The public domain consists of works that aren’t protected by copyright or by other legal means. These works can be used for free however you wish without seeking permission.
There are three ways a piece of music can enter the public domain.
- Its copyright has expired; or
- The copyright owner didn't get a valid copyright; or
- Its creators dedicated them to the public domain.
In order to know if its copyright has expired, you first have to know whether the work has been published. Under current copyright law in the United States (as well as most other countries), copyright ownership arises automatically when you create a copyrightable work. However, before the Copyright Act of 1976 (Links to an external site.) (effective beginning in 1978), a work was considered published only when it was registered with the U.S. Copyright Office with a copyright notice.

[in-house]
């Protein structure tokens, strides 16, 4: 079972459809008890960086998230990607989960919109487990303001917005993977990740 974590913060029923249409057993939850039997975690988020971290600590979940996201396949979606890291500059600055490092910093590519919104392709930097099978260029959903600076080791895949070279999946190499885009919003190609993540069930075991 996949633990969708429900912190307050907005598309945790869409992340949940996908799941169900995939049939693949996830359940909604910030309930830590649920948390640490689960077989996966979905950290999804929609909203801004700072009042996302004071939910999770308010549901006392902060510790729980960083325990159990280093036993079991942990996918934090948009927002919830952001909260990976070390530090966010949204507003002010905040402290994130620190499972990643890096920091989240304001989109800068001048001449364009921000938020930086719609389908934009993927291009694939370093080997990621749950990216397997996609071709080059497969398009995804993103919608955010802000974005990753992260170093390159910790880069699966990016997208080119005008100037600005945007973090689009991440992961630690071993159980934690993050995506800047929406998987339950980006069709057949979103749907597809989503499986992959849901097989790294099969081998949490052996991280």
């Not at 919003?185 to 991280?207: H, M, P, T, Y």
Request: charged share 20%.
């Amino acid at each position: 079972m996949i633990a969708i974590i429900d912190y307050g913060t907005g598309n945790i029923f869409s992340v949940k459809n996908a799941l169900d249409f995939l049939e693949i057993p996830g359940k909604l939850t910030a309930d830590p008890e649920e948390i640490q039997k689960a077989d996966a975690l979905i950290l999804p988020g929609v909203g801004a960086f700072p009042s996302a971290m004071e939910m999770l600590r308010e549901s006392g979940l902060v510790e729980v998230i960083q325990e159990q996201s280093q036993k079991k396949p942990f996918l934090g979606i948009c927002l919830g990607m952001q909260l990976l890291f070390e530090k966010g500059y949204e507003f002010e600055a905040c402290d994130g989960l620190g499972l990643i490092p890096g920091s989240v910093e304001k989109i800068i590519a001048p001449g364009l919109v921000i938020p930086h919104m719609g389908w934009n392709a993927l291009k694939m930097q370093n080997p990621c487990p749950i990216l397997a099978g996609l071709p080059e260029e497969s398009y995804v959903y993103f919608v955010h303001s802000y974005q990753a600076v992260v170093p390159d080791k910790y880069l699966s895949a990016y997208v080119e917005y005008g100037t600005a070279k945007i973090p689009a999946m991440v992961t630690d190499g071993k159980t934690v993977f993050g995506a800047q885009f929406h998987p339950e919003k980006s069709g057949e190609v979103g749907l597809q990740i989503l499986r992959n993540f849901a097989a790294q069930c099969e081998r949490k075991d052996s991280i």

The most common way that a musical work enters the public domain is when its copyright expires. The duration of copyrights depends on several factor as the term of copyright has changed several times since the first Copyright Act of 1790 (Links to an external site.) . In order to determine which rules are applicable to a particular work, you must know when the work was created and the year of first publication.
As a general rule, for works created after January 1, 1978, copyright protection lasts for the life of the writer plus an additional 70 years. For an anonymous work, a pseudonymous work, or a work made for hire, the copyright endures for a term of 95 years from the year of its first publication or a term of 120 years from the year of its creation, whichever expires first. For works first published prior to 1978, the term is governed by the 1909 Copyright Act.
Note: We should not confuse a musical work with a sound recording of a musical work. For example, The song “The Entertainer” by Scott Joplin is in the public domain and can be freely used, but no sound recordings of “The Entertainer” are in the public domain.